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Medill Charts New Course in Response to Media Revolution

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June 12, 2006 | by Wendy Leopold

EVANSTON, Ill. --- With dramatic changes rocking the media industries and an increasingly fragmented audience for information of all kinds, Northwestern University's Medill School is reshaping how it educates future journalists and marketing communications professionals.

"The revolution in media requires a revolution in how we educate our graduates for the 21st century,” said John Lavine, Medill dean and chief architect of a new strategic plan for the school called Medill 2020. The plan -- available on the Medill Web site -- emphasizes the overlap of both the editorial and marketing communication sides of media, an emphasis that Lavine expects to distinguish Medill from other top journalism schools.

“Today Medill is home to two top-ranked but separate programs and faculties in journalism and in integrated marketing communications (IMC),” said Lavine. “Medill will be one school in which students continue to graduate with a deep understanding of journalism or IMC. In addition, however, our journalism students will leave knowing how to engage an audience for the stories they develop and our IMC students will leave with a greater appreciation of storytelling and of the media that they must work with.”

As a first step, Medill faculty members are attending demanding classes at which media industry and leading academics present their thoughts about the future of media from now through 2020. They also are learning new ways to tell better, deeper stories across all of the print and digital platforms in words, audio and video. A recent lecturer, for example, was Lincoln Millstein, senior vice president and director of digital media at Hearst Newspapers, who previously oversaw digital and online operations at The New York Times Company.

Medill professors will return to their classrooms in the fall with a deeper, first-hand understanding of online, offline and wireless media, as well as an understanding of the appropriate intersections of journalism and integrated marketing communications. “Some parts of journalism and marketing must remain separate, but we must not fear using new tools to create an informed public nor using the right media platform to effectively reach and engage an audience,” Lavine said.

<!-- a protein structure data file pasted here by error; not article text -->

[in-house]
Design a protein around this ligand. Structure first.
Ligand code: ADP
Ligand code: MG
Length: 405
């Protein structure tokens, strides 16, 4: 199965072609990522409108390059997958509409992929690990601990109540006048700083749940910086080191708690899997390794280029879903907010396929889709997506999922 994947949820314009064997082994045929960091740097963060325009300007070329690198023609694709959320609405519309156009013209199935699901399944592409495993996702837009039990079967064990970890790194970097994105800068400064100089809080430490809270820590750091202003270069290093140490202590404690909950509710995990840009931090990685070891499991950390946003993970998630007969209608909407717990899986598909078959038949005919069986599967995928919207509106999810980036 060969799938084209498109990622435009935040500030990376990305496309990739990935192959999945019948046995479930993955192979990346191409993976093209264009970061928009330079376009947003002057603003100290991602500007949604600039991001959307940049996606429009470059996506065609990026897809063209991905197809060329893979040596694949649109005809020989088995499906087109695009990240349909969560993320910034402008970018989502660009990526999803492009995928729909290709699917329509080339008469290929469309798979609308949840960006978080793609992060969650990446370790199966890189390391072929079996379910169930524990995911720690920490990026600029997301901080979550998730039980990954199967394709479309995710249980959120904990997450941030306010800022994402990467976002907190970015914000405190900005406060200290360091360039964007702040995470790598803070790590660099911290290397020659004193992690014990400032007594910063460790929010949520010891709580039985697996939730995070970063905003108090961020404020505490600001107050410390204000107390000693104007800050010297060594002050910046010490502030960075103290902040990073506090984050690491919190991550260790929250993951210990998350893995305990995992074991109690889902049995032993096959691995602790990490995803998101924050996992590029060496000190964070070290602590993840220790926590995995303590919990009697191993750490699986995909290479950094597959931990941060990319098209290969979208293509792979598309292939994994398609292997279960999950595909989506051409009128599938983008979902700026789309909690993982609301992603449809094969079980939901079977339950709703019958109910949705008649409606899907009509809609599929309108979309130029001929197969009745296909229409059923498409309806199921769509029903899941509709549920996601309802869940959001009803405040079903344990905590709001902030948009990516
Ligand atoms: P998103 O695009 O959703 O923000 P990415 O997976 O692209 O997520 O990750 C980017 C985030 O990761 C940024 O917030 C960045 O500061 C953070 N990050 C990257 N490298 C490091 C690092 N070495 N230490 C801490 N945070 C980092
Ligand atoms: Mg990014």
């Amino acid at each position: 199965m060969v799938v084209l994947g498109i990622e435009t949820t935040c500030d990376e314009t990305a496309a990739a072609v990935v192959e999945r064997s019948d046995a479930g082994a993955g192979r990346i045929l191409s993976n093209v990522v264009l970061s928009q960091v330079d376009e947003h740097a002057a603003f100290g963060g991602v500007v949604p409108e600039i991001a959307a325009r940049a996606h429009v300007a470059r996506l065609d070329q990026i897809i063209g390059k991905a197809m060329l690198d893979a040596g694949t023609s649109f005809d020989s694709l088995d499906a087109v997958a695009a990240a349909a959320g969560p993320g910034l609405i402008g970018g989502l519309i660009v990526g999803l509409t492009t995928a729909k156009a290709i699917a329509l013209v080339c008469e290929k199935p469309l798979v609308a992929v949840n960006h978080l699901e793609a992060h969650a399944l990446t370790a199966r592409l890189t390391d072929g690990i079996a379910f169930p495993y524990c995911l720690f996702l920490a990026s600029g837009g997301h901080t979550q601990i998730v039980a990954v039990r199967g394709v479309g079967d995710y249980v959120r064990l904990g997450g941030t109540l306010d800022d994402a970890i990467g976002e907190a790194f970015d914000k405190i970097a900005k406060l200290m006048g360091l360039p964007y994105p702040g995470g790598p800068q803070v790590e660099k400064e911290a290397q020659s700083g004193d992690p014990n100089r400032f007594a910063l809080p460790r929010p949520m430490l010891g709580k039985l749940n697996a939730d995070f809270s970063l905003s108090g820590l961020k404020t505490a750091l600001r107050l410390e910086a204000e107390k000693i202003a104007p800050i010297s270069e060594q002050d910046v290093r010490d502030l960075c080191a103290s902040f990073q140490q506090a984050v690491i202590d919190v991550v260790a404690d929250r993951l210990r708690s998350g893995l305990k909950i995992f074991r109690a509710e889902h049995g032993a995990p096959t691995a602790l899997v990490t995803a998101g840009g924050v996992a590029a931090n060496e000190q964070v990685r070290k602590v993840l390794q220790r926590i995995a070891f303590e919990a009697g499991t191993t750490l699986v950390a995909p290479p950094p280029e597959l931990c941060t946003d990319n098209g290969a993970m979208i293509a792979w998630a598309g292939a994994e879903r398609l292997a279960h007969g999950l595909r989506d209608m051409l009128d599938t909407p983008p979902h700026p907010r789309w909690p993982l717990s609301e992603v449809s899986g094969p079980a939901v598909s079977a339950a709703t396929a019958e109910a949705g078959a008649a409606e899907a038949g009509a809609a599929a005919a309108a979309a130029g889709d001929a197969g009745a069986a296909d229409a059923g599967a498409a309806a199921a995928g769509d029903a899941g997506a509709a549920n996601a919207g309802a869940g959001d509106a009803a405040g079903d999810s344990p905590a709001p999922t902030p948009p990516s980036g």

While journalists of the past generally focused on reporting for a single medium, today magazines and newspapers use audio and video on their Internet and cell phone offerings. “It's not enough to train reporters to write for the evening broadcast news show or for the features section of a daily newspaper,” Lavine said. “Our job is to create journalists who can win and hold the attention of media consumers faced with limited time and abundant media choices.”

Beginning this fall, Medill graduate students will be equipped with handheld video cameras, video iPods and powerful laptop computers with both data-analysis software and media production capabilities. “Journalism students will learn from IMC faculty how to better understand audience and how to craft engaging products in the appropriate media format for their audience,” said Lavine. “IMC students also will learn the narrative and storytelling skills for which Medill journalism professors are famous.”

The development of Medill's new curriculum will begin early this summer, with the first formal draft of the curricular changes anticipated in the fall. In adapting its curriculum to reflect and anticipate changes in media, Medill also will be deepening its expectations for demanding reporting and superior writing skills as well as its strengths in data-driven, customer-centric marketing communication and research.

Lavine came to Medill from Northwestern's Media Management Center, a center that educates senior media executives and conducts research on some of the media's most pressing challenges, especially how to deepen or enlarge audiences in the digital age.

Medill's strategic plan also emphasizes the importance of giving students “real world” experience. In addition to offering internship experiences in marketing and journalism, Medill will create temporary storefront newsrooms in diverse Chicago neighborhoods while continuing to maintain its Evanston, Chicago and Washington newsrooms that serve professional media outlets.

“The press cannot create an informed public if nobody's reading, seeing or hearing their stories. IMC research can help providers of news and other information reach their intended audience,” Lavine said. “Today's multitasking consumers pay attention to relevant, trustworthy journalism and marketing. Our research makes it clear that younger audience members understand the distinction between journalism's role to inform and marketing's role to persuade.”

Contrary to those who say that print is dead, Lavine said print media is the “ultimate user-friendly medium with a capacity to provide depth and involvement that is difficult to beat.” Furthermore, he envisions print journalism as an anchor in a portfolio of media for a growing, not a shrinking, audience for those companies that reach out to diverse audience segments where, when and in a way the audience wants to receive needed news and marketing insights.

Lavine called the demand for relevant, engaging messages and storytelling “key” to the future of media, and added “Medill is especially well-positioned to produce students who understand this emerging frontier.”

To learn more about Medill 2020, visit http://www.medill.northwestern.edu/medill/inside/news/dean_john_lavine_unveils_vision_for_medill_2020.html.